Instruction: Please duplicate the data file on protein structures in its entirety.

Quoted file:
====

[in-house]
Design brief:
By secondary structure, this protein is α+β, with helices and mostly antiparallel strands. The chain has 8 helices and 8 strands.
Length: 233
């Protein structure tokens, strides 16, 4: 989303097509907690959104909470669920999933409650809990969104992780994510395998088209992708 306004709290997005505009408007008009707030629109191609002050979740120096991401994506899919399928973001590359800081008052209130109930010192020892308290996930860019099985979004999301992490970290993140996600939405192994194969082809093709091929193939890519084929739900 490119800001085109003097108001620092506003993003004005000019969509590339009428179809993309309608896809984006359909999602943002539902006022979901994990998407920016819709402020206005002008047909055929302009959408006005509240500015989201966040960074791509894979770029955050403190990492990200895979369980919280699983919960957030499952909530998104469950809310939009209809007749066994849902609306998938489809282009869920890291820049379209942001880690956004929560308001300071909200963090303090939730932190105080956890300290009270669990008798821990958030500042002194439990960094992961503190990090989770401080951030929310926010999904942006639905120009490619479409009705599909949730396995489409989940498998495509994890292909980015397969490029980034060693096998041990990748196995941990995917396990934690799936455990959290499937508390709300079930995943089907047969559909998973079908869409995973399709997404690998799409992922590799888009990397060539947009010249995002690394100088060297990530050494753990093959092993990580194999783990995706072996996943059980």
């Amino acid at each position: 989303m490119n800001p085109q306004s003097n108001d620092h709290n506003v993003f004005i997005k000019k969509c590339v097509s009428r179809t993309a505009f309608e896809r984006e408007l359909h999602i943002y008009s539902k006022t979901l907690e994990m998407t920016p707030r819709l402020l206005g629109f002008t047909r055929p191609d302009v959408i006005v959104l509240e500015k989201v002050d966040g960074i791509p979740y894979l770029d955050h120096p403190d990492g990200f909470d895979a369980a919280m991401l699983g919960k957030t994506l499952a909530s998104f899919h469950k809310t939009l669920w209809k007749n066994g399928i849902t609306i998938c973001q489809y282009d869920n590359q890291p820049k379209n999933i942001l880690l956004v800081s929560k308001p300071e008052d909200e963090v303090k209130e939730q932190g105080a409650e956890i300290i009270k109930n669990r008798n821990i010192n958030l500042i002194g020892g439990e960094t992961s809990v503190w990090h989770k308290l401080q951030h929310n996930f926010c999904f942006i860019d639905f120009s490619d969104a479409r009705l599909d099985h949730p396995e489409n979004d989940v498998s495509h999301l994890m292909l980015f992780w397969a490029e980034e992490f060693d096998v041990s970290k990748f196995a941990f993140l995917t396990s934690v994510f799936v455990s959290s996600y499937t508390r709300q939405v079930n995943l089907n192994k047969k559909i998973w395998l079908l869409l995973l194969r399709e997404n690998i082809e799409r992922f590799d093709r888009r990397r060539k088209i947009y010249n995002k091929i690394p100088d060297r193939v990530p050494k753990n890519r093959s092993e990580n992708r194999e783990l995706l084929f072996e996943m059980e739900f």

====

[in-house]
Design brief:
By secondary structure, this protein is α+β, with helices and mostly antiparallel strands. The chain has 8 helices and 8 strands.
Length: 233
């Protein structure tokens, strides 16, 4: 989303097509907690959104909470669920999933409650809990969104992780994510395998088209992708 306004709290997005505009408007008009707030629109191609002050979740120096991401994506899919399928973001590359800081008052209130109930010192020892308290996930860019099985979004999301992490970290993140996600939405192994194969082809093709091929193939890519084929739900 490119800001085109003097108001620092506003993003004005000019969509590339009428179809993309309608896809984006359909999602943002539902006022979901994990998407920016819709402020206005002008047909055929302009959408006005509240500015989201966040960074791509894979770029955050403190990492990200895979369980919280699983919960957030499952909530998104469950809310939009209809007749066994849902609306998938489809282009869920890291820049379209942001880690956004929560308001300071909200963090303090939730932190105080956890300290009270669990008798821990958030500042002194439990960094992961503190990090989770401080951030929310926010999904942006639905120009490619479409009705599909949730396995489409989940498998495509994890292909980015397969490029980034060693096998041990990748196995941990995917396990934690799936455990959290499937508390709300079930995943089907047969559909998973079908869409995973399709997404690998799409992922590799888009990397060539947009010249995002690394100088060297990530050494753990093959092993990580194999783990995706072996996943059980």
């Amino acid at each position: 989303m490119n800001p085109q306004s003097n108001d620092h709290n506003v993003f004005i997005k000019k969509c590339v097509s009428r179809t993309a505009f309608e896809r984006e408007l359909h999602i943002y008009s539902k006022t979901l907690e994990m998407t920016p707030r819709l402020l206005g629109f002008t047909r055929p191609d302009v959408i006005v959104l509240e500015k989201v002050d966040g960074i791509p979740y894979l770029d955050h120096p403190d990492g990200f909470d895979a369980a919280m991401l699983g919960k957030t994506l499952a909530s998104f899919h469950k809310t939009l669920w209809k007749n066994g399928i849902t609306i998938c973001q489809y282009d869920n590359q890291p820049k379209n999933i942001l880690l956004v800081s929560k308001p300071e008052d909200e963090v303090k209130e939730q932190g105080a409650e956890i300290i009270k109930n669990r008798n821990i010192n958030l500042i002194g020892g439990e960094t992961s809990v503190w990090h989770k308290l401080q951030h929310n996930f926010c999904f942006i860019d639905f120009s490619d969104a479409r009705l599909d099985h949730p396995e489409n979004d989940v498998s495509h999301l994890m292909l980015f992780w397969a490029e980034e992490f060693d096998v041990s970290k990748f196995a941990f993140l995917t396990s934690v994510f799936v455990s959290s996600y499937t508390r709300q939405v079930n995943l089907n192994k047969k559909i998973w395998l079908l869409l995973l194969r399709e997404n690998i082809e799409r992922f590799d093709r888009r990397r060539k088209i947009y010249n995002k091929i690394p100088d060297r193939v990530p050494k753990n890519r093959s092993e990580n992708r194999e783990l995706l084929f072996e996943m059980e739900f």